Resolving the masculinity dilemma: identifying subtypes of male meat consumers with latent profile analysis

Camilleri, Lauren ORCID: 0000-0001-5866-4844, Richard Gill, Peter, Scarfo, Jessica ORCID: 0000-0002-7745-9691 and Jago, Andrew ORCID: 0000-0002-0823-9927 (2023) Resolving the masculinity dilemma: identifying subtypes of male meat consumers with latent profile analysis. Food Quality and Preference, 108. ISSN 0950-3293


Reducing meat consumption is necessary to meet Paris Agreement climate change targets. Efforts to reduce meat consumption should target male consumers, who are the biggest meat-eaters worldwide. However, men are often unwilling to reduce their meat intake, due partly to pressures to conform to dominant masculine ideological expectations that “real” men should eat meat (i.e., the masculinity dilemma). To build theoretical insights and more accurately inform interventions, the current study sought to identify latent subgroups of male consumers based on 20 psychosocial indicators related to meat consumption. A latent profile analysis of 575 Australian and English participants who self-identified as male yielded three distinct latent subgroups that differed significantly in indicator variables, self-reported meat consumption, and willingness to reduce their meat intake: “Resistant” consumers ate the most meat and were very unwilling to reduce, “Ambivalent” consumers ate moderate-to-high amounts of meat and were slightly unwilling to reduce, and “Meat-averse” consumers ate minimal quantities of meat and were very willing to reduce. Results suggest that previous meat-reduction intervention attempts may have been impeded by failing to target latent male consumer groups. Efforts to reduce men's meat consumption will require further focus on within- rather than between-gender differences in male populations.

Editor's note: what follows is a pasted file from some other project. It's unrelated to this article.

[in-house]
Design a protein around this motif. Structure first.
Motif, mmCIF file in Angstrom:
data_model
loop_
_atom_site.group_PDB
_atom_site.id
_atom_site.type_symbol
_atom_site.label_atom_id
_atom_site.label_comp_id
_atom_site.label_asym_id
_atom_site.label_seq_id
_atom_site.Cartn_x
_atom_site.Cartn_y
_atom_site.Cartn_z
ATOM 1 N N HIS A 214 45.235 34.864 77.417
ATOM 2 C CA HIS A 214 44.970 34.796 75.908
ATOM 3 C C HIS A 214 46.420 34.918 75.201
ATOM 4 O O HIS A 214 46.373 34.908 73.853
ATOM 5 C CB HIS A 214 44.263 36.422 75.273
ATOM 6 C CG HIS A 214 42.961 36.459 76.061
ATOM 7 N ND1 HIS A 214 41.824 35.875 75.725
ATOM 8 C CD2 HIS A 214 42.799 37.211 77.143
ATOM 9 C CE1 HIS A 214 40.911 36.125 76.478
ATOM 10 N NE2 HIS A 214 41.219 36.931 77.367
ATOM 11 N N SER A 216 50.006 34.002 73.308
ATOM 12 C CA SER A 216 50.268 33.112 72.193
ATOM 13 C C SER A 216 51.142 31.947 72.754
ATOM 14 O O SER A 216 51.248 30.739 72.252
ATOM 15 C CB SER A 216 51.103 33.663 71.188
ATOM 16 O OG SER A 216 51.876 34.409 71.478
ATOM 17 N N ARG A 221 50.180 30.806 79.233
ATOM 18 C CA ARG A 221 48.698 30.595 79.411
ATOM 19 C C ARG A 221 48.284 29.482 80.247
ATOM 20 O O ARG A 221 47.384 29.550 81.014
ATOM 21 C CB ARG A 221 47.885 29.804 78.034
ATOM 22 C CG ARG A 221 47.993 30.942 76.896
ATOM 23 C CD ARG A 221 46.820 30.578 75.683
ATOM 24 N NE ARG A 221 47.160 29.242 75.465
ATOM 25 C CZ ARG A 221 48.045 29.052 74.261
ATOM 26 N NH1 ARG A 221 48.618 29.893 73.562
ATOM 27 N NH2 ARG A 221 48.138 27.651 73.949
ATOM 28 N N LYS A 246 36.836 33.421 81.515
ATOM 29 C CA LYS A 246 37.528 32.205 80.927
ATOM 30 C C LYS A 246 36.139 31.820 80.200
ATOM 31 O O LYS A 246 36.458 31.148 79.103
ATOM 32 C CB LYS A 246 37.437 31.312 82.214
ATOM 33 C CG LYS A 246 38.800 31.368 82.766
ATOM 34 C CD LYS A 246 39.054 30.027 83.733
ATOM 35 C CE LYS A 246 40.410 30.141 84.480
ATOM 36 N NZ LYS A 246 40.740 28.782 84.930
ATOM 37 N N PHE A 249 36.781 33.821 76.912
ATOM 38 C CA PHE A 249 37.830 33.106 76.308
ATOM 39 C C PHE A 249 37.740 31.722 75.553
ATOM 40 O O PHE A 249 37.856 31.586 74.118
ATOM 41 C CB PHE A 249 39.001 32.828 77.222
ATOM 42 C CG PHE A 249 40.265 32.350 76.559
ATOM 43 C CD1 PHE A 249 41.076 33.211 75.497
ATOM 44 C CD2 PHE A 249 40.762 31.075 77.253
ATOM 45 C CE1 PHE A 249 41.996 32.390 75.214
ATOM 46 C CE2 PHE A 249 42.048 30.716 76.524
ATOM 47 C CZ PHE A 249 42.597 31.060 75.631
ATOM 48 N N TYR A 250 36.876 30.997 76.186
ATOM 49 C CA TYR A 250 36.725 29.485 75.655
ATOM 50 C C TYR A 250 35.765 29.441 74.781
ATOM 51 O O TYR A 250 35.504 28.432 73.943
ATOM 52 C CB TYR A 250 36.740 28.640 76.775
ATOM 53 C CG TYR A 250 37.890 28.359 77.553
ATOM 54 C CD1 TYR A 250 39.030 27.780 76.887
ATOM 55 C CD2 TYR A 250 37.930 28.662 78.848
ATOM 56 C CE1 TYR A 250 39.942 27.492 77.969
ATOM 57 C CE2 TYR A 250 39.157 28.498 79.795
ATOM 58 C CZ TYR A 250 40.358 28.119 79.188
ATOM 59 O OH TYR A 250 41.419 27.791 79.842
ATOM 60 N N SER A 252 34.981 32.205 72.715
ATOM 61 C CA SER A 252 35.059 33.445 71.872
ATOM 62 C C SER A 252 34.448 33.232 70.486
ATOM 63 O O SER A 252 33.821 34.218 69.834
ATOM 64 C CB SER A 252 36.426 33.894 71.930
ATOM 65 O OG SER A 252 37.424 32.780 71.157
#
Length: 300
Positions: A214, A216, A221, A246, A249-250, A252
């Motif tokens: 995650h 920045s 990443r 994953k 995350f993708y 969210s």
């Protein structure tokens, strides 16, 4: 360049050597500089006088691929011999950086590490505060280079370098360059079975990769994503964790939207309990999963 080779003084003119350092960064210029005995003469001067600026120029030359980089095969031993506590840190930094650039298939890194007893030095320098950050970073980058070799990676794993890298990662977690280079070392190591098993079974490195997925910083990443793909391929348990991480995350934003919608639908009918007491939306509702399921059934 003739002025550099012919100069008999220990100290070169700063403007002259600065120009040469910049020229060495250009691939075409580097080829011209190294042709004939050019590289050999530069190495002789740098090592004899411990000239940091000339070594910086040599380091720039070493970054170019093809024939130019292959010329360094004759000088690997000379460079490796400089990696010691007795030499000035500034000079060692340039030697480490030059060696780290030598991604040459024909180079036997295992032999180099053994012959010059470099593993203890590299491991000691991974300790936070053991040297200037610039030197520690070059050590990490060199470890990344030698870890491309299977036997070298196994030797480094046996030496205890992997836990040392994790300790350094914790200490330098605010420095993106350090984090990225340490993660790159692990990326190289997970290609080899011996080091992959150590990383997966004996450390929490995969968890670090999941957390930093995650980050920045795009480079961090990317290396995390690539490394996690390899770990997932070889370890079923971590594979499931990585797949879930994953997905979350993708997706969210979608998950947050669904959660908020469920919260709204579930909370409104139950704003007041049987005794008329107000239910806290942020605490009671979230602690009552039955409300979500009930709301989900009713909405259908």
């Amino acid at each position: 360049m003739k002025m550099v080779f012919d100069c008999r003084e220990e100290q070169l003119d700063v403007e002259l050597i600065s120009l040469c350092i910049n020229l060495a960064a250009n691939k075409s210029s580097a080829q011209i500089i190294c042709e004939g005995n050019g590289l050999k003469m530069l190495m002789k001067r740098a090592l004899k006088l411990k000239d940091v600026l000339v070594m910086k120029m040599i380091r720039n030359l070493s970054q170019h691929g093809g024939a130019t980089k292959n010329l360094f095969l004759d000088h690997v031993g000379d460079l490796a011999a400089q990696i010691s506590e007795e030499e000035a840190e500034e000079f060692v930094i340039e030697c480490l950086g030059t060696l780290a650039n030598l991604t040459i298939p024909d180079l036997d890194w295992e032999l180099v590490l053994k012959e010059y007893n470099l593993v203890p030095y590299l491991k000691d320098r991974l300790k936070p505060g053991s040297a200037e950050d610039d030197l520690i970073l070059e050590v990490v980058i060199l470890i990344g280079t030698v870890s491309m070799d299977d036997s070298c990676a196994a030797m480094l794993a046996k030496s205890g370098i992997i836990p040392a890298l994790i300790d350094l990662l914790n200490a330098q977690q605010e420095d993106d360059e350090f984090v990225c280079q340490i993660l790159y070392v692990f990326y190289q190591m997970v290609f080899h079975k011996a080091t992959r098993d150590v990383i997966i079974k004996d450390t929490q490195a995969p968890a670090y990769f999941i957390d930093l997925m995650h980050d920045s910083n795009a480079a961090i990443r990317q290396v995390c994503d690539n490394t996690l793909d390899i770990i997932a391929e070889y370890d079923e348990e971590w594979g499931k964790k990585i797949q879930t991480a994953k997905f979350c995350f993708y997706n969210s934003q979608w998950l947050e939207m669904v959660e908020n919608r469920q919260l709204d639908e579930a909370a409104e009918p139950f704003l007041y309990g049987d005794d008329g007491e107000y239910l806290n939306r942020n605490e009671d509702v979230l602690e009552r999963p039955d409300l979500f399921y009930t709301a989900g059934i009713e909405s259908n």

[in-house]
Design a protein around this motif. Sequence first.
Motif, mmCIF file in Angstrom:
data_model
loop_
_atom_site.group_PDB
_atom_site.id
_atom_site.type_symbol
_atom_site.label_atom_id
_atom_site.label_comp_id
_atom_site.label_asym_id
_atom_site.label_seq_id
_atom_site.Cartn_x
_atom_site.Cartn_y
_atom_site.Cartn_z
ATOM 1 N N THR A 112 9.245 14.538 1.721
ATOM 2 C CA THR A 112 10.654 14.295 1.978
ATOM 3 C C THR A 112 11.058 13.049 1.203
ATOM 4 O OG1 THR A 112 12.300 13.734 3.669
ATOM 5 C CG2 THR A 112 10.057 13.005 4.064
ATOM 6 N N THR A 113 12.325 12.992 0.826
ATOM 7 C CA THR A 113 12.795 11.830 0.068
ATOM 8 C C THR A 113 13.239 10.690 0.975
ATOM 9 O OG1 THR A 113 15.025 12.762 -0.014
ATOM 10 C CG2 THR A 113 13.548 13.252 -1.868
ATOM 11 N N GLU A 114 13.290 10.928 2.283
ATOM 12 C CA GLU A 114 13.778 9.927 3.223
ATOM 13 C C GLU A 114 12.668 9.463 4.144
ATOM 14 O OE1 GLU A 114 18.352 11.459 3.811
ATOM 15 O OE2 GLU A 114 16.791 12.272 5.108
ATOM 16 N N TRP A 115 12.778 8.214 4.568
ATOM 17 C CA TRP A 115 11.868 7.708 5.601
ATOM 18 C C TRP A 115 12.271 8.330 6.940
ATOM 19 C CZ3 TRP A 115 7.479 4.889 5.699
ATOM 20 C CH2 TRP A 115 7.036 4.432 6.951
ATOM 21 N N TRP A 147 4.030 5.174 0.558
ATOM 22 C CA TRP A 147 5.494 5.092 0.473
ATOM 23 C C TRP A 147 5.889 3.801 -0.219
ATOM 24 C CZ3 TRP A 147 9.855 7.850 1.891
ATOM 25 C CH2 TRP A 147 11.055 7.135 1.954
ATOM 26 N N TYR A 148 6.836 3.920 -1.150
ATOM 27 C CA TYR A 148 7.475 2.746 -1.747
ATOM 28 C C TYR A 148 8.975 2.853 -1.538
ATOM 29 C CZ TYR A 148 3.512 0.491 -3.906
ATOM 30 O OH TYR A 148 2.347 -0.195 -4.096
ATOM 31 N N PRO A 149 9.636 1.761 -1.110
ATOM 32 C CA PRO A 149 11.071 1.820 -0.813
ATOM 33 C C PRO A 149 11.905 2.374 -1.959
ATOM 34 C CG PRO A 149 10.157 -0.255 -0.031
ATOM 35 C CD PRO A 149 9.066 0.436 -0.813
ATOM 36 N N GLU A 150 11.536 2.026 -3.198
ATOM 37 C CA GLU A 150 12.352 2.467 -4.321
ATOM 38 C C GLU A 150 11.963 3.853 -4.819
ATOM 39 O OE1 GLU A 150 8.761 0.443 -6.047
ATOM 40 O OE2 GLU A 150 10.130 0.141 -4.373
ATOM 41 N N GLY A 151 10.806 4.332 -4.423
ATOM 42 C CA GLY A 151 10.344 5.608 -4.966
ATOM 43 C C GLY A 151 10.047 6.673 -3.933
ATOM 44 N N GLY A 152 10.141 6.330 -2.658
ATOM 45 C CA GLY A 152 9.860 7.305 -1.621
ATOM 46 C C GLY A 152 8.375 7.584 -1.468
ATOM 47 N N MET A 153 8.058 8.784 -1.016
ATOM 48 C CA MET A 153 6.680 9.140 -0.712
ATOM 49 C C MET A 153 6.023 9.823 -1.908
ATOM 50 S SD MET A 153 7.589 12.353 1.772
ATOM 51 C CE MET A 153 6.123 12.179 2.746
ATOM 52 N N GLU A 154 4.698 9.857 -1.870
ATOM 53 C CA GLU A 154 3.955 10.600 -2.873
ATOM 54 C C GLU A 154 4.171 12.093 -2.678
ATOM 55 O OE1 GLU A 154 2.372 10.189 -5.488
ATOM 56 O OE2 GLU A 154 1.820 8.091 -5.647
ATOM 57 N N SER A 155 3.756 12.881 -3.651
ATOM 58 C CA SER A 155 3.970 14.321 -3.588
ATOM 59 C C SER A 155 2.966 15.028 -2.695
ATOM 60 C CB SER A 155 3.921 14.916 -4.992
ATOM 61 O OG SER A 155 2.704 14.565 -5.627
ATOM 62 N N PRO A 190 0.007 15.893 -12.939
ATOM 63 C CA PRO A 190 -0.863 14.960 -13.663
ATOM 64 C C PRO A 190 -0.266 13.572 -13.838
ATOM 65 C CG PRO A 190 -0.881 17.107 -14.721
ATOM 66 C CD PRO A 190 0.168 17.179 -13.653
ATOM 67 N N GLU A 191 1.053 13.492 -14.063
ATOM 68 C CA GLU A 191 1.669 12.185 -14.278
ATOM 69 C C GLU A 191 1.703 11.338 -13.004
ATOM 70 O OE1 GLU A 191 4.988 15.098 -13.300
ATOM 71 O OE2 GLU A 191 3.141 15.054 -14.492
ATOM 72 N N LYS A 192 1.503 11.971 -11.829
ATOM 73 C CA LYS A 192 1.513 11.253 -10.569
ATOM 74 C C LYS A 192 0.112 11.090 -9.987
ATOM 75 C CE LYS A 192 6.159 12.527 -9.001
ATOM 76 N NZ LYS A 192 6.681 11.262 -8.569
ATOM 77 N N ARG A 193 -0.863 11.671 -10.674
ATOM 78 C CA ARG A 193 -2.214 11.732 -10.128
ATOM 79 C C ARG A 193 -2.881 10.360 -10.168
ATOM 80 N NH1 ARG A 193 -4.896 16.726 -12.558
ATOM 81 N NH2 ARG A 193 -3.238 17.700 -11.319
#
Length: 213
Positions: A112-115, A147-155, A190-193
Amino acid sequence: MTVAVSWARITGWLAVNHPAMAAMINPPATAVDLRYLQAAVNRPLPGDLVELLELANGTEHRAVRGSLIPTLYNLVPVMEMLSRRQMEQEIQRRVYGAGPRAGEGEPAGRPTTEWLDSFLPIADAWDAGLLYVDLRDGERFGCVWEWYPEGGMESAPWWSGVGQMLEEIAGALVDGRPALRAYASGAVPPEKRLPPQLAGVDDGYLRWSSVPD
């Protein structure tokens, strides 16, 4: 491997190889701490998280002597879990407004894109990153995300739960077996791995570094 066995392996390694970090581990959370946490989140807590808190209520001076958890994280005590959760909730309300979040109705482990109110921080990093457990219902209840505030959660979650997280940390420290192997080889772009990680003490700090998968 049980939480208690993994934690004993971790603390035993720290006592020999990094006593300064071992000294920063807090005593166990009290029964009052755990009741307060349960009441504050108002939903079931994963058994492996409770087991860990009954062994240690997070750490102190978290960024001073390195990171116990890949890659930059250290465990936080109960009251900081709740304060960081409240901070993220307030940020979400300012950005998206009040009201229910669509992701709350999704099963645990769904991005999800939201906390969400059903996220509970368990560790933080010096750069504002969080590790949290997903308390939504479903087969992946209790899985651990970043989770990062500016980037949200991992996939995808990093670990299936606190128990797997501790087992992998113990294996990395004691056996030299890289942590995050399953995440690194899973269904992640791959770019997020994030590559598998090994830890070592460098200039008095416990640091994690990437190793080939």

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Item type Article
DOI 10.1016/j.foodqual.2023.104890
Official URL
Subjects Current > FOR (2020) Classification > 5299 Other psychology
Current > Division/Research > Institute for Health and Sport
Keywords meat consumption, masculinity, meat intake, Paris Agreement, climate change
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